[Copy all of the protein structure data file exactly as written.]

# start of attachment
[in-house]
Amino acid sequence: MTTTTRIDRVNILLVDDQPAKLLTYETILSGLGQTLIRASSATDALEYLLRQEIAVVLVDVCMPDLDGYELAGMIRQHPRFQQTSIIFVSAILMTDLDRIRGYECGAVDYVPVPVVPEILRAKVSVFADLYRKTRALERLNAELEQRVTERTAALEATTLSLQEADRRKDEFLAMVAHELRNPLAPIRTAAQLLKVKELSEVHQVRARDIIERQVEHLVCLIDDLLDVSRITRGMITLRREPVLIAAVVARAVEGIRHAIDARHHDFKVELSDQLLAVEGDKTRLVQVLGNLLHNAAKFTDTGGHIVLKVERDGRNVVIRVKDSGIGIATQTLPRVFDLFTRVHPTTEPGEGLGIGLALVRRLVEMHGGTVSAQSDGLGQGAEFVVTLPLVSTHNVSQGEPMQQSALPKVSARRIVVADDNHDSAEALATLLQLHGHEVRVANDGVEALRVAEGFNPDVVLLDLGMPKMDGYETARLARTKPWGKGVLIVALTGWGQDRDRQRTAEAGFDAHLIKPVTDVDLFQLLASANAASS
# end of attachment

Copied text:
[in-house]
Amino acid sequence: MTTTTRIDRVNILLVDDQPAKLLTYETILSGLGQTLIRASSATDALEYLLRQEIAVVLVDVCMPDLDGYELAGMIRQHPRFQQTSIIFVSAILMTDLDRIRGYECGAVDYVPVPVVPEILRAKVSVFADLYRKTRALERLNAELEQRVTERTAALEATTLSLQEADRRKDEFLAMVAHELRNPLAPIRTAAQLLKVKELSEVHQVRARDIIERQVEHLVCLIDDLLDVSRITRGMITLRREPVLIAAVVARAVEGIRHAIDARHHDFKVELSDQLLAVEGDKTRLVQVLGNLLHNAAKFTDTGGHIVLKVERDGRNVVIRVKDSGIGIATQTLPRVFDLFTRVHPTTEPGEGLGIGLALVRRLVEMHGGTVSAQSDGLGQGAEFVVTLPLVSTHNVSQGEPMQQSALPKVSARRIVVADDNHDSAEALATLLQLHGHEVRVANDGVEALRVAEGFNPDVVLLDLGMPKMDGYETARLARTKPWGKGVLIVALTGWGQDRDRQRTAEAGFDAHLIKPVTDVDLFQLLASANAASS